The fact that Odom is on an expiring contract would probably make his addition to their payroll much more desirable, and the fact that he would come with Bird rights attached if they get him in trade – making it easy to do a new deal when the current one expires next summer – in a world where they are otherwise disadvantaged in options for player acquisition, could be factors that make him in demand there.
We could argue that when Odom was last with LA, they were being swept by Dallas, and they really wouldn't have any desire for him again. Or the stance could be taken that they would rather reduce payroll than use their trade exception before it expires.
But on the other hand, in LA there's a growing sense of urgency to create one last charge before Kobe's career is gone, and Odom might be the best available talent they can add. They tried to trade him to NO because Chris Paul was the prize, then moved him to Dallas when that failed trade hurt his feelings, but there's no evidence they really wanted to lose his past production.
Would LA trade for him, or would they rather wait until he's waived and then try to sign him for much less? While the latter approach is certainly possible, sitting and waiting also has the potential to shut them out of the Odom market entirely, given the fact that if Dallas waives him they can't sign him until 1/3 of the way through the season. In addition, if he's a free agent, the Lakers would only be able to offer him a reduced MLE of $3M or a minimum salary deal while Schwartz is looking for more for his client. But if they trade for him, they can own him this season and have the inside track for future ones (getting Bird rights as well) – while also keeping their $3M MLE for a different new player.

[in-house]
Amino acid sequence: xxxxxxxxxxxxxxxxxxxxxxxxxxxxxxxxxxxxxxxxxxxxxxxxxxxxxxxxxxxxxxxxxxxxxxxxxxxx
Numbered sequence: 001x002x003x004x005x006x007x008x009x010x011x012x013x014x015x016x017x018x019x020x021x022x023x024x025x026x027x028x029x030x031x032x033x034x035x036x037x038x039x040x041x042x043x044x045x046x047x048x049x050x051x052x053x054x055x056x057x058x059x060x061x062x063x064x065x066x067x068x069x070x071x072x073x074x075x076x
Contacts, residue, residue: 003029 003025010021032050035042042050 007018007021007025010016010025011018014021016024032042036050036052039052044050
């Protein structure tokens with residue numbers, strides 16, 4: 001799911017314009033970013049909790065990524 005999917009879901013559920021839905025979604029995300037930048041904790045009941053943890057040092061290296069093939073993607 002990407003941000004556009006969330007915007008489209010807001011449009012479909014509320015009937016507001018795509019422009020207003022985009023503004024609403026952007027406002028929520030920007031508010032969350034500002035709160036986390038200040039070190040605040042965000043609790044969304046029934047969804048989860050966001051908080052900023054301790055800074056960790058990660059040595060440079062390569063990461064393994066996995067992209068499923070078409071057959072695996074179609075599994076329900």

ITEM 4 – What does Dallas do if Odom won't change his deadline?
In that case, he will be waived on June 29 by Dallas. Or if the Mavs can make it happen in time, he would be traded on June 29 to a team with enough cap room to absorb his contract, along with cash to cover his $2.4M waiver buyout and something extra for the help. But one way or another, he would be waived.
ITEM 5 – What does Dallas do if Odom agrees but the Lakers have no interest in trading for him? If the deadline changes and Deron Williams comes to Dallas in a sign-and-trade, Odom will be used as part of the salary-matching. If there is no SNT, but D-Will comes to Dallas, Odom will be traded to a team that can take him with no salary coming back, to a trading partner probably lined up in late June as a contingency.
LA can be that team – but so can someone else.
And if D-Will doesn't come, Odom's contract will be used as a key part of the Mavs' backup plan, to add a starting-caliber player in the same manner as they added Marion or Chandler in the past.
ON OR BEFORE JUNE 30, VINCE CARTER CHANGES HIS WAIVE-AT-A-DISCOUNT DEADLINE TO MID-JULY
ITEM 6 –Why would Carter be willing to change his deadline – and why not? Who would want Carter in trade, and why? What does Dallas do if Carter won't change his deadline?